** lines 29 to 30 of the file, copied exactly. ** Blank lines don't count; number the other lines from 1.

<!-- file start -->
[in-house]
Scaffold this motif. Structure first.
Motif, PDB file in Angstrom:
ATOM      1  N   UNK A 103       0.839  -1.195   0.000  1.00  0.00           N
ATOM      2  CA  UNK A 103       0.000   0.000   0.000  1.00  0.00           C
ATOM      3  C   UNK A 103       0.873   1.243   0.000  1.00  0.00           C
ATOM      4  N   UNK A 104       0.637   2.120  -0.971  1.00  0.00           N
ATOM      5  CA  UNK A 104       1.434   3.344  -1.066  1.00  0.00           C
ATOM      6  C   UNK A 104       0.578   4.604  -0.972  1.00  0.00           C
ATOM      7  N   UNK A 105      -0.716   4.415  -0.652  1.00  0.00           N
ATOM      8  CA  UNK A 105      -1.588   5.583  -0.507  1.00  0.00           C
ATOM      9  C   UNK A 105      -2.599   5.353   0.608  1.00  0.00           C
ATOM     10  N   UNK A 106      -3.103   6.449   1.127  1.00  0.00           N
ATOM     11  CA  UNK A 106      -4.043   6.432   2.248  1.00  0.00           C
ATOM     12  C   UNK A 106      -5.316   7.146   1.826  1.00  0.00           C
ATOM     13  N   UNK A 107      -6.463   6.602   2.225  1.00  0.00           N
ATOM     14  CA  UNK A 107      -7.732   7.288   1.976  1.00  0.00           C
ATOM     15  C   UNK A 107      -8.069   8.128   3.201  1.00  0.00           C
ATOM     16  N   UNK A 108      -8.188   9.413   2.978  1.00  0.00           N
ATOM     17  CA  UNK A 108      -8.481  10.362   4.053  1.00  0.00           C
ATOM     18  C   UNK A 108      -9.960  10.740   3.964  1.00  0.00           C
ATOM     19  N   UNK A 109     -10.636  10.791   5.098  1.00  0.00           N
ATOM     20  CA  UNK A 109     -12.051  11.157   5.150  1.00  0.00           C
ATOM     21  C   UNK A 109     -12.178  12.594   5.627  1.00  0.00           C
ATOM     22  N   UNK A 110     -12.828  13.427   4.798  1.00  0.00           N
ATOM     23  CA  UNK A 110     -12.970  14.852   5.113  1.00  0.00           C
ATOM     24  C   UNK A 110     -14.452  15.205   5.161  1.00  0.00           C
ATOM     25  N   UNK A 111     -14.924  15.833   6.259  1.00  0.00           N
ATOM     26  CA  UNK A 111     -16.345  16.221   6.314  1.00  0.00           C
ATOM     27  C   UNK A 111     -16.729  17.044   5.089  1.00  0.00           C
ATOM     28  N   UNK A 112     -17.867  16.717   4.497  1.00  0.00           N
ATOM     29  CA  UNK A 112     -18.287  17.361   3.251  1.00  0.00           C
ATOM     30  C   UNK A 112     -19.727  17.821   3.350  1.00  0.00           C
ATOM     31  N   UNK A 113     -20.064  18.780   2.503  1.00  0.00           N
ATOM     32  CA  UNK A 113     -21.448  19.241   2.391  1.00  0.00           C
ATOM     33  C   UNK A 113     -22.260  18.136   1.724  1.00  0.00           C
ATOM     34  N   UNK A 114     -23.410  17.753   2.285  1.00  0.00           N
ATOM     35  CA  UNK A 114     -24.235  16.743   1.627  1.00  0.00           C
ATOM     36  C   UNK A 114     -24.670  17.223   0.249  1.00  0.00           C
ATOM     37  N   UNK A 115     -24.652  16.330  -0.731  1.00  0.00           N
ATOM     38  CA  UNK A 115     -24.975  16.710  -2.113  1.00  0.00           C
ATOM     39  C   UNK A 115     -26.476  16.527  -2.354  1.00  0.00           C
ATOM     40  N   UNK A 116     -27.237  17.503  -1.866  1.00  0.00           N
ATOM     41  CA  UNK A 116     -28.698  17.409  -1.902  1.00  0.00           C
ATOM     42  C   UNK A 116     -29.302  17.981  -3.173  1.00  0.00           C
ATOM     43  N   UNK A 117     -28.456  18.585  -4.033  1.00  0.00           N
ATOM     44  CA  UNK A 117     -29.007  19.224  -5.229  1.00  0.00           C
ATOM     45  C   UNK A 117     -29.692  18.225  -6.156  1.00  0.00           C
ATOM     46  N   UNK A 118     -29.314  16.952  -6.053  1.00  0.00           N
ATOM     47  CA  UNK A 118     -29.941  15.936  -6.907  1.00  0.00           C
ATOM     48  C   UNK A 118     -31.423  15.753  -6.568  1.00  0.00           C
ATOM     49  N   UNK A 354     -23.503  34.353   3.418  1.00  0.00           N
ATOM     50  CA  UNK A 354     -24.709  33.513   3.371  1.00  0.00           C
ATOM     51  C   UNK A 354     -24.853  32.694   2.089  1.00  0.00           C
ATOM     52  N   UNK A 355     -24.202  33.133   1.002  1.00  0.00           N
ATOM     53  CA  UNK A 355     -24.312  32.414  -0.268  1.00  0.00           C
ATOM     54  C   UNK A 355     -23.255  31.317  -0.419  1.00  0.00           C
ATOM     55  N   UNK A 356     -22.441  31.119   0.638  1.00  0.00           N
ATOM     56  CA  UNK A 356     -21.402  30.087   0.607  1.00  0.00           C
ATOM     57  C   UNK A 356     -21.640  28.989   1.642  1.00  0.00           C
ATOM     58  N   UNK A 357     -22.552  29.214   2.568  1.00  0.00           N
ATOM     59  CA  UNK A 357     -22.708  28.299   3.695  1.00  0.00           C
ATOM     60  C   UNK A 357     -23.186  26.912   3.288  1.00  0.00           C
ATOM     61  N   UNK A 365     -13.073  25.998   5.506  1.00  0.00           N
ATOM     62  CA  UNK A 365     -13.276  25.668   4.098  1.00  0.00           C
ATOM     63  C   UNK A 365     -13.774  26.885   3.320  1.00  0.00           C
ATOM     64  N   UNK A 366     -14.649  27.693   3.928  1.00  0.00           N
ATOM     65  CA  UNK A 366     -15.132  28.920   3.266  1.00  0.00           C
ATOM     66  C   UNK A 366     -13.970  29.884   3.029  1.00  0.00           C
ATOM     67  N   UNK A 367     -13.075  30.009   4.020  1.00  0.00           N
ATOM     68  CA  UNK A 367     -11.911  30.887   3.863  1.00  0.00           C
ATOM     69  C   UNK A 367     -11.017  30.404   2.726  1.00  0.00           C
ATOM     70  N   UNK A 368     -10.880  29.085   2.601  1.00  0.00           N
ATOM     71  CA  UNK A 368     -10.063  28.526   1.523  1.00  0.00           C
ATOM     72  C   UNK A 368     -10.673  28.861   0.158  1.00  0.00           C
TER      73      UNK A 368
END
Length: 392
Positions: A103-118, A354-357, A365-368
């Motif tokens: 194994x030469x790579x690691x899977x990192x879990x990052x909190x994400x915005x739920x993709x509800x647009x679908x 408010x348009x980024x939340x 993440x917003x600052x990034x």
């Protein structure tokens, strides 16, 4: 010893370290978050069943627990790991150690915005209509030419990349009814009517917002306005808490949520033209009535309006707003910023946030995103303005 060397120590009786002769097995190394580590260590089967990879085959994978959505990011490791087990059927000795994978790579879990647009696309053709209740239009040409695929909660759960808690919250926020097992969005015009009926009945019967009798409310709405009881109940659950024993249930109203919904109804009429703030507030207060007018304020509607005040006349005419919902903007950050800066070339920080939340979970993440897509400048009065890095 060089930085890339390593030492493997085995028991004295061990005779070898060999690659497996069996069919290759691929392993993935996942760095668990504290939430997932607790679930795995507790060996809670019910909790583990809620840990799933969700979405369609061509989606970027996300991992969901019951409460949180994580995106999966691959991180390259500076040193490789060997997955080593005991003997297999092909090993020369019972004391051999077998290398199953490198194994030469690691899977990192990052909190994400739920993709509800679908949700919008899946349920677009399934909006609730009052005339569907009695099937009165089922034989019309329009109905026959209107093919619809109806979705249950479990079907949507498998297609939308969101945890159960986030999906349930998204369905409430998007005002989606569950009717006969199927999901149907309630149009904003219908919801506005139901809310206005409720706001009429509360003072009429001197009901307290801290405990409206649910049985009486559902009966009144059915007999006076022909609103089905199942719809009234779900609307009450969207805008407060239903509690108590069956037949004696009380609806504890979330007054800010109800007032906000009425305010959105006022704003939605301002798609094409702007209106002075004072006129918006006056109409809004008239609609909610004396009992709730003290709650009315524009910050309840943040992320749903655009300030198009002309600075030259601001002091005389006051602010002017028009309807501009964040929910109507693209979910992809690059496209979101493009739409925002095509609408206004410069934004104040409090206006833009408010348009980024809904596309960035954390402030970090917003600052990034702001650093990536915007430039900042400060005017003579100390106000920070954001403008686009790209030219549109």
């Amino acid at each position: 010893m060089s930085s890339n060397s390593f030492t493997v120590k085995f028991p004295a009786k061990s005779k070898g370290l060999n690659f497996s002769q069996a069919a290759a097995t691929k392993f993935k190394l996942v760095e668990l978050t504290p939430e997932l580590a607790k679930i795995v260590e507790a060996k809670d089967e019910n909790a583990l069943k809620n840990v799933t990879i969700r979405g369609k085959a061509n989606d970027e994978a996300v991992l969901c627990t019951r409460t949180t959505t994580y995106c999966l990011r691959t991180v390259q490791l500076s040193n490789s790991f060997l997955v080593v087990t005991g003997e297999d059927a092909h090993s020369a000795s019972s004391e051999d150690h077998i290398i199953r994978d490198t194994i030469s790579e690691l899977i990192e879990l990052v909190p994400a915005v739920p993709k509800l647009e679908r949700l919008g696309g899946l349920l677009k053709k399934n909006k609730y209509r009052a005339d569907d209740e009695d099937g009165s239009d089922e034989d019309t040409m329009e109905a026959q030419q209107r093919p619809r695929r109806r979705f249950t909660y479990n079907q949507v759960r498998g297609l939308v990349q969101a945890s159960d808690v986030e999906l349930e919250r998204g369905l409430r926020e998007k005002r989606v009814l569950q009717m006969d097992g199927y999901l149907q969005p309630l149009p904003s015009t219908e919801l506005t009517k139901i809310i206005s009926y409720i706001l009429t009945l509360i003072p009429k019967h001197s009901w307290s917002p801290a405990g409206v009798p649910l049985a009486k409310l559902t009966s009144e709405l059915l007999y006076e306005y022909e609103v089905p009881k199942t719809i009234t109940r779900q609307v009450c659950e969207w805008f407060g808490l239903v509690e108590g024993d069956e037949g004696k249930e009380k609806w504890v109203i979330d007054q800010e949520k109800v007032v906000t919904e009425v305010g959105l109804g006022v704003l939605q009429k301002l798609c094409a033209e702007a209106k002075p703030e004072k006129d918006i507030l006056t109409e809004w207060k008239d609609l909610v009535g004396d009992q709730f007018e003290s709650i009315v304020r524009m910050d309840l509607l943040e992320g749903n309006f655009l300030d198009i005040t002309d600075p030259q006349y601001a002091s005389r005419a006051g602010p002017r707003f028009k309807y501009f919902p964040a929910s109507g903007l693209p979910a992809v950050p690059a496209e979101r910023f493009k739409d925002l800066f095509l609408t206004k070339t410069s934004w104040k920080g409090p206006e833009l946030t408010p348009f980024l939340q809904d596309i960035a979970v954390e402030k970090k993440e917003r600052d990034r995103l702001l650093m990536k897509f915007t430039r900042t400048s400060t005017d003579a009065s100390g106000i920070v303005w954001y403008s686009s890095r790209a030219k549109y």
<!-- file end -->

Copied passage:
ATOM     26  CA  UNK A 111     -16.345  16.221   6.314  1.00  0.00           C
ATOM     27  C   UNK A 111     -16.729  17.044   5.089  1.00  0.00           C